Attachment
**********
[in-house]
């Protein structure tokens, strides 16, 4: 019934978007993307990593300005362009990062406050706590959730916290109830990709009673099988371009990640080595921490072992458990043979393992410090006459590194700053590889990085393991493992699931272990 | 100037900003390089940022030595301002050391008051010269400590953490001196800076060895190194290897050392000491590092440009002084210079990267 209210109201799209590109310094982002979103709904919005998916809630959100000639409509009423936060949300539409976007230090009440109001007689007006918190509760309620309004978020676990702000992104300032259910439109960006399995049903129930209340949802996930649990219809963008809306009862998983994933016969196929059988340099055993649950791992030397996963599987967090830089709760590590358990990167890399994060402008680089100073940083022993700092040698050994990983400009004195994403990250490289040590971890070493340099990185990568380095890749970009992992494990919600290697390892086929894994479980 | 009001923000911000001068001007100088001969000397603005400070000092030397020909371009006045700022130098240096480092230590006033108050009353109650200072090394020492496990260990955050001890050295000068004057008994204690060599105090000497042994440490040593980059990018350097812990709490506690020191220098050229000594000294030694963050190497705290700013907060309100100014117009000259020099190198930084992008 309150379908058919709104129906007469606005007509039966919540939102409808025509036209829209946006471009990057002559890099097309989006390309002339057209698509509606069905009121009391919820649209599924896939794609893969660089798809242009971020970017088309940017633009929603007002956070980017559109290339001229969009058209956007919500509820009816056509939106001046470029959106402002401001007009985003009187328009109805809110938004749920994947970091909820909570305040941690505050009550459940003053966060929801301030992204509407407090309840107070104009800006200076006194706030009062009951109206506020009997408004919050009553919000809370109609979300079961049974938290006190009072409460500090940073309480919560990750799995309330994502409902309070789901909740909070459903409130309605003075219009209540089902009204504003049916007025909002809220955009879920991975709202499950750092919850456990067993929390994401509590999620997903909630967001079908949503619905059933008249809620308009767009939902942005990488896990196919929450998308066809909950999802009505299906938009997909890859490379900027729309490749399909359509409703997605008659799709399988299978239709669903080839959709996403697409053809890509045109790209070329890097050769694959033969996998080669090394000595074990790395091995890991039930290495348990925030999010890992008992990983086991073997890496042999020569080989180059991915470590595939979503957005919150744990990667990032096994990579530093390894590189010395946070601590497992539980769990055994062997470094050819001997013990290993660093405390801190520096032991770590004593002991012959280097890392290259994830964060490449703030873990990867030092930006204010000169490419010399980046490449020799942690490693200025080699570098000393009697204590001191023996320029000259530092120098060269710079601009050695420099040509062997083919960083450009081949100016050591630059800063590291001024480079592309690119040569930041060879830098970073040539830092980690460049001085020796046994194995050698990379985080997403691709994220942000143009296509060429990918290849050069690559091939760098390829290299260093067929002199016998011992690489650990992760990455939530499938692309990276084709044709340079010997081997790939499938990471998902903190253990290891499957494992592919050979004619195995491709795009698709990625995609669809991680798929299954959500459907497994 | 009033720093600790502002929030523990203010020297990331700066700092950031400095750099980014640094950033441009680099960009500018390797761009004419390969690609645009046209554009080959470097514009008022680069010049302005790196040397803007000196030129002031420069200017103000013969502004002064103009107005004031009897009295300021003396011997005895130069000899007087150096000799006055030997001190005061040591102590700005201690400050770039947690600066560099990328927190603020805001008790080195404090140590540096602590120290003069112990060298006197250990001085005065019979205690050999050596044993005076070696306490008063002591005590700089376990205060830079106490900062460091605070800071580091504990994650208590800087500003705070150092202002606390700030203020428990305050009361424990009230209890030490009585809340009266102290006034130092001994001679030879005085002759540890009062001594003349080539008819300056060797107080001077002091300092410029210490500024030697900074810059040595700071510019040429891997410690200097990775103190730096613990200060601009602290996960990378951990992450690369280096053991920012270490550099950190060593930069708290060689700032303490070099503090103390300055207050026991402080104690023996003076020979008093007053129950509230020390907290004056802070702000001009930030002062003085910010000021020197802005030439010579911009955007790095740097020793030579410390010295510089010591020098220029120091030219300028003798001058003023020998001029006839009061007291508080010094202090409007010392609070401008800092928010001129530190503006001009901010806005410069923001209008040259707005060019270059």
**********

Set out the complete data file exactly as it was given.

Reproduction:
[in-house]
């Protein structure tokens, strides 16, 4: 019934978007993307990593300005362009990062406050706590959730916290109830990709009673099988371009990640080595921490072992458990043979393992410090006459590194700053590889990085393991493992699931272990 | 100037900003390089940022030595301002050391008051010269400590953490001196800076060895190194290897050392000491590092440009002084210079990267 209210109201799209590109310094982002979103709904919005998916809630959100000639409509009423936060949300539409976007230090009440109001007689007006918190509760309620309004978020676990702000992104300032259910439109960006399995049903129930209340949802996930649990219809963008809306009862998983994933016969196929059988340099055993649950791992030397996963599987967090830089709760590590358990990167890399994060402008680089100073940083022993700092040698050994990983400009004195994403990250490289040590971890070493340099990185990568380095890749970009992992494990919600290697390892086929894994479980 | 009001923000911000001068001007100088001969000397603005400070000092030397020909371009006045700022130098240096480092230590006033108050009353109650200072090394020492496990260990955050001890050295000068004057008994204690060599105090000497042994440490040593980059990018350097812990709490506690020191220098050229000594000294030694963050190497705290700013907060309100100014117009000259020099190198930084992008 309150379908058919709104129906007469606005007509039966919540939102409808025509036209829209946006471009990057002559890099097309989006390309002339057209698509509606069905009121009391919820649209599924896939794609893969660089798809242009971020970017088309940017633009929603007002956070980017559109290339001229969009058209956007919500509820009816056509939106001046470029959106402002401001007009985003009187328009109805809110938004749920994947970091909820909570305040941690505050009550459940003053966060929801301030992204509407407090309840107070104009800006200076006194706030009062009951109206506020009997408004919050009553919000809370109609979300079961049974938290006190009072409460500090940073309480919560990750799995309330994502409902309070789901909740909070459903409130309605003075219009209540089902009204504003049916007025909002809220955009879920991975709202499950750092919850456990067993929390994401509590999620997903909630967001079908949503619905059933008249809620308009767009939902942005990488896990196919929450998308066809909950999802009505299906938009997909890859490379900027729309490749399909359509409703997605008659799709399988299978239709669903080839959709996403697409053809890509045109790209070329890097050769694959033969996998080669090394000595074990790395091995890991039930290495348990925030999010890992008992990983086991073997890496042999020569080989180059991915470590595939979503957005919150744990990667990032096994990579530093390894590189010395946070601590497992539980769990055994062997470094050819001997013990290993660093405390801190520096032991770590004593002991012959280097890392290259994830964060490449703030873990990867030092930006204010000169490419010399980046490449020799942690490693200025080699570098000393009697204590001191023996320029000259530092120098060269710079601009050695420099040509062997083919960083450009081949100016050591630059800063590291001024480079592309690119040569930041060879830098970073040539830092980690460049001085020796046994194995050698990379985080997403691709994220942000143009296509060429990918290849050069690559091939760098390829290299260093067929002199016998011992690489650990992760990455939530499938692309990276084709044709340079010997081997790939499938990471998902903190253990290891499957494992592919050979004619195995491709795009698709990625995609669809991680798929299954959500459907497994 | 009033720093600790502002929030523990203010020297990331700066700092950031400095750099980014640094950033441009680099960009500018390797761009004419390969690609645009046209554009080959470097514009008022680069010049302005790196040397803007000196030129002031420069200017103000013969502004002064103009107005004031009897009295300021003396011997005895130069000899007087150096000799006055030997001190005061040591102590700005201690400050770039947690600066560099990328927190603020805001008790080195404090140590540096602590120290003069112990060298006197250990001085005065019979205690050999050596044993005076070696306490008063002591005590700089376990205060830079106490900062460091605070800071580091504990994650208590800087500003705070150092202002606390700030203020428990305050009361424990009230209890030490009585809340009266102290006034130092001994001679030879005085002759540890009062001594003349080539008819300056060797107080001077002091300092410029210490500024030697900074810059040595700071510019040429891997410690200097990775103190730096613990200060601009602290996960990378951990992450690369280096053991920012270490550099950190060593930069708290060689700032303490070099503090103390300055207050026991402080104690023996003076020979008093007053129950509230020390907290004056802070702000001009930030002062003085910010000021020197802005030439010579911009955007790095740097020793030579410390010295510089010591020098220029120091030219300028003798001058003023020998001029006839009061007291508080010094202090409007010392609070401008800092928010001129530190503006001009901010806005410069923001209008040259707005060019270059």